Articles of decent length are more reliable guide because it is an indication that the writer did some research and a little bit of thinking, unlike facebook posts which are mostly spur of the moment and usually done in jest.

To put in perspective the difficulty of the task at hand, it would be beneficial for us to look back at past attempts to amend the 1987 Constitution. Bear in mind that none of the initiatives ever reached the ratification stage. All of them were blocked or simply died out for whatever reason.

The first attempt was by President Fidel Ramos who proposed a shift to parliamentary system and the lifting of term limits of public officials.

A second attempt, also during the term of Ramos, was a petition filed before the Supreme Court by the People’s Initiative for Reform, Modernization and Action (PIRMA). The Andres Narvasa Supreme Court dismissed the petition on the ground that the people’s initiative mode does not have enough enabling law.

During Joseph Estrada’s presidency there was again an attempt to change the constitution. The proposal was to relax the restrictive economic provisions of the constitution that they considered an impediment to the entry of foreign investments. Opponents accused the government of pushing constitutional changes for its own vested interests.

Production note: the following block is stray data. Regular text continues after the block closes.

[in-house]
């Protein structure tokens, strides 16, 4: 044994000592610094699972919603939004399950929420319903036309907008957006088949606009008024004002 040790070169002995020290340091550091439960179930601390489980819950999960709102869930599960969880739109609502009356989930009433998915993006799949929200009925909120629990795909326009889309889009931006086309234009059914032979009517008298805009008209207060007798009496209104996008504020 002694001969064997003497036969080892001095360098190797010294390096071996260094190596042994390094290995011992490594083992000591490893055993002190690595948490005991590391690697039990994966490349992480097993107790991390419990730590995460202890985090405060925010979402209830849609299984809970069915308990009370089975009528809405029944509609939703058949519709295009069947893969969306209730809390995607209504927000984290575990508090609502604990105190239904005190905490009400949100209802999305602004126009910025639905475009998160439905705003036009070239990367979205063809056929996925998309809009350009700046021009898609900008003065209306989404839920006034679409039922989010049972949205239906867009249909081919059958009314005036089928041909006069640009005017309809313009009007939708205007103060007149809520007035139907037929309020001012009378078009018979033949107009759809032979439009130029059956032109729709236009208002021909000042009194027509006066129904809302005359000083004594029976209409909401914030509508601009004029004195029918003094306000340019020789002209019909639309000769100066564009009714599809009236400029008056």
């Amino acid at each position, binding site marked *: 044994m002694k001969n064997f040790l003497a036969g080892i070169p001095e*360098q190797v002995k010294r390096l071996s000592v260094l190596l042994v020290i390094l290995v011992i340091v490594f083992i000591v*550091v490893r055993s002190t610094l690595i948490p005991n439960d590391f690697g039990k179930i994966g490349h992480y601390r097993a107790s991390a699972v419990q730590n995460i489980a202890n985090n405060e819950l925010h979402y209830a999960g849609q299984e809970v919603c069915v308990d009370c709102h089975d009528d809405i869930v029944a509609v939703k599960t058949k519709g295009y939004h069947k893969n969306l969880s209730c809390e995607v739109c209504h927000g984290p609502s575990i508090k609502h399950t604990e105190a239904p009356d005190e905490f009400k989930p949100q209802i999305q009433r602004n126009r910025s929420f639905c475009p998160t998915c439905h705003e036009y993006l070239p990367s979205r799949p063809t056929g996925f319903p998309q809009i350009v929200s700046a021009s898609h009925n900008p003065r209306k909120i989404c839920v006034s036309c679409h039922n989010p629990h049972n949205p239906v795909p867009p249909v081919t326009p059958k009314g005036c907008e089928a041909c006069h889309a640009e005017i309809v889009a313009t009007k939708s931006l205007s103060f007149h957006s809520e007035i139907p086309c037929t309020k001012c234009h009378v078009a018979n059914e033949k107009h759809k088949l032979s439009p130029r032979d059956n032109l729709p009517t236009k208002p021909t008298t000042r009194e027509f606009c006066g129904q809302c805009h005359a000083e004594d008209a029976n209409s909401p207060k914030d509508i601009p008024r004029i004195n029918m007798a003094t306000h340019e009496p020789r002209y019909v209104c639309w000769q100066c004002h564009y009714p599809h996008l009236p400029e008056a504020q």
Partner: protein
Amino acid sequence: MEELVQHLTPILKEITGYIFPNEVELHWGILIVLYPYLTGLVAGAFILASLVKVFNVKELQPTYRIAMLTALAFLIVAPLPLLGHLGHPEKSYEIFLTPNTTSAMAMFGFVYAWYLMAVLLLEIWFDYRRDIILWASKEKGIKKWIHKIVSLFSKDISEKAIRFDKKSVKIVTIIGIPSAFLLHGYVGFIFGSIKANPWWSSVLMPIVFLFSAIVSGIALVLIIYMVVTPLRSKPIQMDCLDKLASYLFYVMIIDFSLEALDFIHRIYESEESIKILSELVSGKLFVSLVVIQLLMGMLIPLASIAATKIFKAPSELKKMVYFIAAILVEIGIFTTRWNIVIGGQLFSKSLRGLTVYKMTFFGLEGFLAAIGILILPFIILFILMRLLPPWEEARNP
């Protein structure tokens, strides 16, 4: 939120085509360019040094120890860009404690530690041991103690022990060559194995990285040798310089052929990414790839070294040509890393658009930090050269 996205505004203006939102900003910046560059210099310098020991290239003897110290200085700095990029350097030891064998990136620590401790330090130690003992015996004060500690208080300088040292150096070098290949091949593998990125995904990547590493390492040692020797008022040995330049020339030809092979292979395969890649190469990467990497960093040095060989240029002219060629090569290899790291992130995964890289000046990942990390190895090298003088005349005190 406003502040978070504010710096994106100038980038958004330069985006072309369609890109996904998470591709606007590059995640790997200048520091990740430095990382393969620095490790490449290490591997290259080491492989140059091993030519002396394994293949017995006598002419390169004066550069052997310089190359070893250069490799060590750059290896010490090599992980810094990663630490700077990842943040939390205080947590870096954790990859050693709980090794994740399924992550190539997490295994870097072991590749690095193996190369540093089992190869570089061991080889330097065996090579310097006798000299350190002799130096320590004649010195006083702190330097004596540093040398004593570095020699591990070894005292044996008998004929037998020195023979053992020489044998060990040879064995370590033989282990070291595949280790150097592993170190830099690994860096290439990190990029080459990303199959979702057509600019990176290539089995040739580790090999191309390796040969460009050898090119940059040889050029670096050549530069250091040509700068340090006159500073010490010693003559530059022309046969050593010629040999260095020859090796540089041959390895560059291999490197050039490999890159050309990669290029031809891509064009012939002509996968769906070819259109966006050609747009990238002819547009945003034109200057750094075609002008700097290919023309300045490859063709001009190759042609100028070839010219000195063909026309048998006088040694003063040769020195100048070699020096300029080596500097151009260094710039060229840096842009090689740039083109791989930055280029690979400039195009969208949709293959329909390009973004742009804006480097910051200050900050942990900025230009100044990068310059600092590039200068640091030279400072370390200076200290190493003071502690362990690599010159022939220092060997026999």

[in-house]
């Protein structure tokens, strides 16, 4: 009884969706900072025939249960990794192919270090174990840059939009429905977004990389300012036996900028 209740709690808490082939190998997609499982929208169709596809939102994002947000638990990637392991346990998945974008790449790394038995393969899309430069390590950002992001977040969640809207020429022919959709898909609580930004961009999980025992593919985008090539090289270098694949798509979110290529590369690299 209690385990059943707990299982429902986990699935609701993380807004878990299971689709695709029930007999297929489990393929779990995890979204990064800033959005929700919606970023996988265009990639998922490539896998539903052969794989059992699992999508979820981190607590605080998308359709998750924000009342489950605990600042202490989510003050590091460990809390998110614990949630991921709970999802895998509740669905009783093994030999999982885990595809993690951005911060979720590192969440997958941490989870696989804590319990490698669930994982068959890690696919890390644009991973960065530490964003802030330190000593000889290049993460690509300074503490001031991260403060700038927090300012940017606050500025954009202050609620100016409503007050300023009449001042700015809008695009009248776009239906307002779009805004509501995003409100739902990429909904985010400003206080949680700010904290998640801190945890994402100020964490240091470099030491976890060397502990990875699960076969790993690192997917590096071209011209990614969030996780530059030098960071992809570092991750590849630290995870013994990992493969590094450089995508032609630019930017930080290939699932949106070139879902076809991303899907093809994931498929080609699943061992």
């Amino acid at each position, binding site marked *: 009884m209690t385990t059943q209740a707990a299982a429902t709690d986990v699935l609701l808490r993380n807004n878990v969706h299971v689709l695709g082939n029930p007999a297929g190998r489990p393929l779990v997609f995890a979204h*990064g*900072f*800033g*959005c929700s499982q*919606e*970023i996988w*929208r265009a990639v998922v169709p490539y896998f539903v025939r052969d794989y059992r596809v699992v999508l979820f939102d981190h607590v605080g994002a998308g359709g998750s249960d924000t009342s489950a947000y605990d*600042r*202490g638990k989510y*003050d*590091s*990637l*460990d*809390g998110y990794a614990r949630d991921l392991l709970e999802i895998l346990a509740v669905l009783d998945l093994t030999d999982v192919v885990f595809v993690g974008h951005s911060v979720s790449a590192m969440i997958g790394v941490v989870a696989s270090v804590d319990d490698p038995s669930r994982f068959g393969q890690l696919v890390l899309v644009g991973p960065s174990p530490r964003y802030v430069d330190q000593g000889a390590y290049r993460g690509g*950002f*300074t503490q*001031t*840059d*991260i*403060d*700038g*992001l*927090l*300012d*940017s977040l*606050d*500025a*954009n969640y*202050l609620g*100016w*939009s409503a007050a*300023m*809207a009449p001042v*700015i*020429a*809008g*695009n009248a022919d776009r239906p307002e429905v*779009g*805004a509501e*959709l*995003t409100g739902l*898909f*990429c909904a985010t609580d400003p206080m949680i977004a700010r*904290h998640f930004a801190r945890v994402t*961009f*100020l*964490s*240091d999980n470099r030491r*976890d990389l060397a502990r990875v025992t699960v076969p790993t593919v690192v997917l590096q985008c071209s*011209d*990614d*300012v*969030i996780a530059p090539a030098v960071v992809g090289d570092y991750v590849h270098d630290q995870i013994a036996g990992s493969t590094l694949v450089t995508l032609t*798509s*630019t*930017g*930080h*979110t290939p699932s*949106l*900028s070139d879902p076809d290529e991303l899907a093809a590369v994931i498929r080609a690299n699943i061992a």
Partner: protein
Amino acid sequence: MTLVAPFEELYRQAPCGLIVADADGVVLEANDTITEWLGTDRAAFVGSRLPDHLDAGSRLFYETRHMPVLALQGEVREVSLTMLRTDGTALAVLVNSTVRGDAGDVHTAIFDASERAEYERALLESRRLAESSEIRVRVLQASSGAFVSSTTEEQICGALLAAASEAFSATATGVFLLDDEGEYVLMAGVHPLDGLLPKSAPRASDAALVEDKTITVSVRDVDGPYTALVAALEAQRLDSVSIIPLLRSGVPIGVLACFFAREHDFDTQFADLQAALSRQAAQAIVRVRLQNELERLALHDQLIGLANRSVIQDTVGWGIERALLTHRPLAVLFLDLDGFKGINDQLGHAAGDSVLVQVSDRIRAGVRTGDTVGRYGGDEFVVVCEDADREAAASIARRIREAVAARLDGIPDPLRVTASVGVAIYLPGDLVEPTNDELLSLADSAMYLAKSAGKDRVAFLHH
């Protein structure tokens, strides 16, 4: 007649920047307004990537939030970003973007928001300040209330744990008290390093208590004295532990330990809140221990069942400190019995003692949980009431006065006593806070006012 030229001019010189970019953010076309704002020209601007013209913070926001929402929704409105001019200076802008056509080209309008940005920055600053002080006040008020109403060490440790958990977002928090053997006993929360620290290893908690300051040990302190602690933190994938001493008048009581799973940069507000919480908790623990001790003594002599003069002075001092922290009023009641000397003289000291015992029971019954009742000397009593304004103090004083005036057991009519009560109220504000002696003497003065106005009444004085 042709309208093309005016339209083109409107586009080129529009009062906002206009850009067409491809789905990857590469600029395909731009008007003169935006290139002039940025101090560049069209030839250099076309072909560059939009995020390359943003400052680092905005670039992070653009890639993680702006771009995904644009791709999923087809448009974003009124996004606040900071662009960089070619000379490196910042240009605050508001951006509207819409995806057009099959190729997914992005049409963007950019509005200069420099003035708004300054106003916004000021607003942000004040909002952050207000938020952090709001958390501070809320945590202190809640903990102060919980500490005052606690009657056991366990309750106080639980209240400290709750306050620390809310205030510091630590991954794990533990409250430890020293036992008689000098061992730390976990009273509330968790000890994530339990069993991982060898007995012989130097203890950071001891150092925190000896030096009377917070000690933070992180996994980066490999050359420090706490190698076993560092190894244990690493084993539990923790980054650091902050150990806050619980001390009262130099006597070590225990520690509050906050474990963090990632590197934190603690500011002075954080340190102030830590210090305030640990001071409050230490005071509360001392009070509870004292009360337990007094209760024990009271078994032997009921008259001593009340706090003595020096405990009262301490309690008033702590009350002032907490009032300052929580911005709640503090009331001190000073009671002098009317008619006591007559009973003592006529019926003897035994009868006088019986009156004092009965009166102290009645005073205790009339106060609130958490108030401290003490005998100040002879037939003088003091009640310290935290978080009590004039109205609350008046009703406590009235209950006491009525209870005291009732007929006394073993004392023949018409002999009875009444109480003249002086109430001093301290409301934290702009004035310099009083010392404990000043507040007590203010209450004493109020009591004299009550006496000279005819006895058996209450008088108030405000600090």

Another unsuccessful attempt to change the present constitution was by President Gloria Macapagal Arroyo. After winning the 2004 elections, Arroyo immediately created a Consultative Commission headed by Dr. Jose V. Abueva. The Commission was tasked to recommend necessary revisions after consultations with different sectors. After a year, the Commission came up with the following recommendations:

  • shift to unicameral parliamentary form of government;
  • economic liberalization;
  • further decentralization; and
  • transition to parliamentary-federal to further empower local governments.

A peoples’ initiative was started to effect the constitutional changes recommended by the Consultative Commission. The movement, whose aim was to gather enough signatures to call for a plebiscite, was spearheaded by the group Sigaw ng Bayan and ULAP (Union of Local Authorities of the Philippines), an umbrella organization of all leagues of local government units and leagues and federations of local elective and appointive officials.